Wondering how to get other sites to link to your anchor texts? There are several ways, but some are shady and should be avoided. These methods include paying money to someone who is promising you loads of backlinks, and link farms. Google gets pretty irked when people try to subvert its systems, and actively hunts out and penalizes people who use these methods. Unless you’re Ray Kurzweil, you’re not going to beat Google at the SEO game, so don’t try to.

    Instead, focus on the good ways to get backlinks. This means (1) create such awesome content that other people love it and want to share it online, and (2) guest posting. Guest posting is when you write an article to be published on another site than your own, and it’s a great way to get your name out there, build your professional network and get the sort of exposure you can’t get on your own site. Lots of websites, including such stalwarts as the Huffington Post and the New York Times, accept guest content. The deal on your end is that you have to create readable, unique and exciting pieces for them; pieces that their readers would want to read.

    When it comes to getting the best backlinks possible, the trick is to go for ‘high authority’ sites. High authority sites are ones with loads of traffic and popularity. You can find out how good a site is by downloading something called the Mozbar and looking at the number in the right-hand corner, which ranks out of 100. The higher the number, the more powerful a backlink from that site will be.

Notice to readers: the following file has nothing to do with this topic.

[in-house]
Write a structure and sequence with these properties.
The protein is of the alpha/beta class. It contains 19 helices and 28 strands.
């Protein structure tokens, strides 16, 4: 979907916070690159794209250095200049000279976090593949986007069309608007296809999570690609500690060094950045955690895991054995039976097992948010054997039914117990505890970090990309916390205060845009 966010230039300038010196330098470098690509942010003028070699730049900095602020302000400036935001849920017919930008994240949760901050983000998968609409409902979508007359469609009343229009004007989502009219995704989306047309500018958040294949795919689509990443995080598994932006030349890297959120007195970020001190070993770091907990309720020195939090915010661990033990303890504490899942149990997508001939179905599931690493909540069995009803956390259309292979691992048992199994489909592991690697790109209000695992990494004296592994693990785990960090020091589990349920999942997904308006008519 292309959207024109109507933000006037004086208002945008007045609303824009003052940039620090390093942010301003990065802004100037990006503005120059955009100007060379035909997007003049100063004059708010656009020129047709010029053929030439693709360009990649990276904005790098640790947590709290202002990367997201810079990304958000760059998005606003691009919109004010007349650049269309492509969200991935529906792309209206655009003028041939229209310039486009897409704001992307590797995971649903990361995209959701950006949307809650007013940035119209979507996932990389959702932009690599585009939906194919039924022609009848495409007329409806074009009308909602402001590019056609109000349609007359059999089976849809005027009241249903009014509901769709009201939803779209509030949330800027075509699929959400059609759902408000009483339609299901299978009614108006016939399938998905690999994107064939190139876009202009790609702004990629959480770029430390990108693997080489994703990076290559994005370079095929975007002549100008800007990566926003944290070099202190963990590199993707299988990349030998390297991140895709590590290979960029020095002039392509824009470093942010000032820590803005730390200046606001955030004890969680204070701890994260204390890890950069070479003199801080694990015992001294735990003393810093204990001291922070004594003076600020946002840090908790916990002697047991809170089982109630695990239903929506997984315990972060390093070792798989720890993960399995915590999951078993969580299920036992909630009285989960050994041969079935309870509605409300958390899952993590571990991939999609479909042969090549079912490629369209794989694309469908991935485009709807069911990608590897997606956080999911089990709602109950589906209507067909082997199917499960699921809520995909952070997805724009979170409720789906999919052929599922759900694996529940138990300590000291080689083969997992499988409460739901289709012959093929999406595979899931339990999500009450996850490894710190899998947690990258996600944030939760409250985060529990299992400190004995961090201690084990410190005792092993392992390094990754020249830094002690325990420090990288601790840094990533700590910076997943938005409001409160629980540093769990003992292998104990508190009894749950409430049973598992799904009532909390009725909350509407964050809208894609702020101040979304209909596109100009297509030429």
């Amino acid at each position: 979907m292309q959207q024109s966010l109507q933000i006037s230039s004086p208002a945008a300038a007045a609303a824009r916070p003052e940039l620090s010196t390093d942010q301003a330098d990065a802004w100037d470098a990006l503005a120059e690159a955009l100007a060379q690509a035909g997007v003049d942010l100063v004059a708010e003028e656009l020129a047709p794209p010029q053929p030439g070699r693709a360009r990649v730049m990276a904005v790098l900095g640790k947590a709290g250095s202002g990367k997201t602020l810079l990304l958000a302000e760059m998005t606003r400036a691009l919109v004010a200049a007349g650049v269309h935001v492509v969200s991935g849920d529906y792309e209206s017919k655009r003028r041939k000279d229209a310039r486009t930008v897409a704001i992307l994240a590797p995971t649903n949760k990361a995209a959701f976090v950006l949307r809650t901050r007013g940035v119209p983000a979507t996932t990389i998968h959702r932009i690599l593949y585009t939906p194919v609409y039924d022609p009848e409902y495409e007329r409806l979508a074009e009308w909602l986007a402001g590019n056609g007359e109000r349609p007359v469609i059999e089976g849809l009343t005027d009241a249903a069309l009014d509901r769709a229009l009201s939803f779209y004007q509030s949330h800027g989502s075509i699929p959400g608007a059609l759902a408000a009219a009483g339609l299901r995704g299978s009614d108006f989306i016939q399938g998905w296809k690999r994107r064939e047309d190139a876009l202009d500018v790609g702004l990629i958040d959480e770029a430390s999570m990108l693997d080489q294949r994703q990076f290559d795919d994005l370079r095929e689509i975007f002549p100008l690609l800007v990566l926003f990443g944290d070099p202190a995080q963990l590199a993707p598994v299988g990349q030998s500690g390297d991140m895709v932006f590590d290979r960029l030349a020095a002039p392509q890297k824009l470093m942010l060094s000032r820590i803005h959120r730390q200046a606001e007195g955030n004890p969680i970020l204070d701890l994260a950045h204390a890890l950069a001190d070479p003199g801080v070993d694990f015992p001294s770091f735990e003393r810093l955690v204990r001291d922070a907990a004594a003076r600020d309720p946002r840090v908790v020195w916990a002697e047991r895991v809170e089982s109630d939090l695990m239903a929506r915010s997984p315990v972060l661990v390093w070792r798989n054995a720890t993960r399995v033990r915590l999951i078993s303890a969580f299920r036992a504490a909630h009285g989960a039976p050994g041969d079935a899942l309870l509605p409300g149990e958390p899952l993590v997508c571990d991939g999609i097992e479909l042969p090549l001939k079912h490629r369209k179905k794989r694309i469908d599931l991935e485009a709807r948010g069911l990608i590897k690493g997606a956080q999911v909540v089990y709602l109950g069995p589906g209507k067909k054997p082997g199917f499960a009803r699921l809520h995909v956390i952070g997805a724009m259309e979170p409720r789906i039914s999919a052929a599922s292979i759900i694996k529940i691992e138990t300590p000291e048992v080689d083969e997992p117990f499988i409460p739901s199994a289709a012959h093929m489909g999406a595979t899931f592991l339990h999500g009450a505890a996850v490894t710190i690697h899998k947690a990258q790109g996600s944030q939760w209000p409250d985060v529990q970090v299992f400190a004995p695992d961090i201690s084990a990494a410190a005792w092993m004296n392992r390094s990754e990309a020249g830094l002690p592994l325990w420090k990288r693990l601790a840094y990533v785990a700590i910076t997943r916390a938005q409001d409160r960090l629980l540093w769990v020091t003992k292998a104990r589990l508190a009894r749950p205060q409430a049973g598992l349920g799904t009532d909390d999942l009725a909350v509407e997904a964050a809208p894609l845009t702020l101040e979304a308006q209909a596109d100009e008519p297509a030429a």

3) Make It Readable For Robots AND Humans

    Put simply, SEO is basically about making a computer program think your articles are awesome. But until you see robots flicking through Shakespeare or Tolstoy on their lunch breaks, you’ll need to make sure your content is enjoyable to human readers too. That means not overusing your keywords, and putting effort into making your content engaging and unique.

    Google likes blogs that post frequently (i.e. more than once a week) but that doesn’t mean you should churn out sub-par articles, and definitely doesn’t mean you should post repeat content (Google can tell). When thinking about word count, 500-1000 words is a length that appeals to both human and robot readers, and keeping your title under 66 characters is not only a good nudge to create the sort of snappy, engaging titles people love but will also stop it being cropped in search engine results.

    Finally, remember that these days people access the internet in all sorts of different ways. Google knows that people care a lot about getting good quality content from their smartphone, tablet, and laptop, and will prioritize sites that are optimized for all devices. Check how your site works on different electronics: a good website will always load quickly, not suck up data, and be readable and easily navigable even on a small screen.

     

    Beth Leslie is a career and lifestyle writer. She is also the editor of the Inspiring Interns blog, which gives graduate careers advice to career starters.

    Beth Leslie is a professional writer and blog editor. You can find her on LinkedIn and follow her on Twitter @bethanygrace92.